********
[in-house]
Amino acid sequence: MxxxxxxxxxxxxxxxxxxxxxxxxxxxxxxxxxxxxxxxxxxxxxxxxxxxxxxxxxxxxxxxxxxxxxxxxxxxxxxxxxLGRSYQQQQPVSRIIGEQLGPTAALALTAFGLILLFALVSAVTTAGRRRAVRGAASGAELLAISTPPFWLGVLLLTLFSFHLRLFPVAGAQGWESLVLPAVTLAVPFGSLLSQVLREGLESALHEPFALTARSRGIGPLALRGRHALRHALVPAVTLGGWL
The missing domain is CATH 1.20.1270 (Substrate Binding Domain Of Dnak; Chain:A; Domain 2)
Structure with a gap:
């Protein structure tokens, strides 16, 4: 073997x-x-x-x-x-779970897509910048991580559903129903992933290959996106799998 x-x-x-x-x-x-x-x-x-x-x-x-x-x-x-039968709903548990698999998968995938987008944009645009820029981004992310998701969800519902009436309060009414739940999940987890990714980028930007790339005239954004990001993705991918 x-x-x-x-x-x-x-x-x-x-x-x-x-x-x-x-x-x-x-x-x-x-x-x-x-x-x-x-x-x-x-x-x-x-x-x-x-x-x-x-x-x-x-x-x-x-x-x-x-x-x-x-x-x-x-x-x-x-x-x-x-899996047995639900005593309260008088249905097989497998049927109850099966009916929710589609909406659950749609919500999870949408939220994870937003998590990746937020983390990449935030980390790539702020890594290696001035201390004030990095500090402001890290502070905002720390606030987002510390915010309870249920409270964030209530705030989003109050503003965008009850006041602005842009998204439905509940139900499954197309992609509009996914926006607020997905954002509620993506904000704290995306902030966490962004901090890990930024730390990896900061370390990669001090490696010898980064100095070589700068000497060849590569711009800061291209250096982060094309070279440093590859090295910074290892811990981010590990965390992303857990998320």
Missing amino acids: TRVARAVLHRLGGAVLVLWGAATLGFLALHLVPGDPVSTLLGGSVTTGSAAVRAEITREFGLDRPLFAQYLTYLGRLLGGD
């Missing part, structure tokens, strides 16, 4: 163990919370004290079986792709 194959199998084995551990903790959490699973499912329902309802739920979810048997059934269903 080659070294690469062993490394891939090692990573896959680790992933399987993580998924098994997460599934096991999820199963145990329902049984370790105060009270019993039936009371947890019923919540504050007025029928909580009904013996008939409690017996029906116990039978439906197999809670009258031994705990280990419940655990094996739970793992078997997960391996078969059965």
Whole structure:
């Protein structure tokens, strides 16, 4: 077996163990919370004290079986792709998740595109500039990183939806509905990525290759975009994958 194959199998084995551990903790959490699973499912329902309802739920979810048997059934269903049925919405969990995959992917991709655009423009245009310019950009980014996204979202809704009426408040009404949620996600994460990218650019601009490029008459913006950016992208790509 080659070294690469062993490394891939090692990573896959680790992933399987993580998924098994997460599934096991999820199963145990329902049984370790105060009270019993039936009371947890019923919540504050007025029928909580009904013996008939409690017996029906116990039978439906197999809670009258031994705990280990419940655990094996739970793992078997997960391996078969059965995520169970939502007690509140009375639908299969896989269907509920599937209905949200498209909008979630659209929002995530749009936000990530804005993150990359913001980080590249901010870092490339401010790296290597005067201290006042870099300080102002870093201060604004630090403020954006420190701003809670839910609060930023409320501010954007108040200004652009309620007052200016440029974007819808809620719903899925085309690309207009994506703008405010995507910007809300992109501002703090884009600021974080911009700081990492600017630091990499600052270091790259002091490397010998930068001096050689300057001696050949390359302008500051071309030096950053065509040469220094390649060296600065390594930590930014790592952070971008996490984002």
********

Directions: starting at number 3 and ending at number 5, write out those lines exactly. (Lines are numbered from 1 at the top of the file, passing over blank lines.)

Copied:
The missing domain is CATH 1.20.1270 (Substrate Binding Domain Of Dnak; Chain:A; Domain 2)
Structure with a gap:
């Protein structure tokens, strides 16, 4: 073997x-x-x-x-x-779970897509910048991580559903129903992933290959996106799998 x-x-x-x-x-x-x-x-x-x-x-x-x-x-x-039968709903548990698999998968995938987008944009645009820029981004992310998701969800519902009436309060009414739940999940987890990714980028930007790339005239954004990001993705991918 x-x-x-x-x-x-x-x-x-x-x-x-x-x-x-x-x-x-x-x-x-x-x-x-x-x-x-x-x-x-x-x-x-x-x-x-x-x-x-x-x-x-x-x-x-x-x-x-x-x-x-x-x-x-x-x-x-x-x-x-x-899996047995639900005593309260008088249905097989497998049927109850099966009916929710589609909406659950749609919500999870949408939220994870937003998590990746937020983390990449935030980390790539702020890594290696001035201390004030990095500090402001890290502070905002720390606030987002510390915010309870249920409270964030209530705030989003109050503003965008009850006041602005842009998204439905509940139900499954197309992609509009996914926006607020997905954002509620993506904000704290995306902030966490962004901090890990930024730390990896900061370390990669001090490696010898980064100095070589700068000497060849590569711009800061291209250096982060094309070279440093590859090295910074290892811990981010590990965390992303857990998320």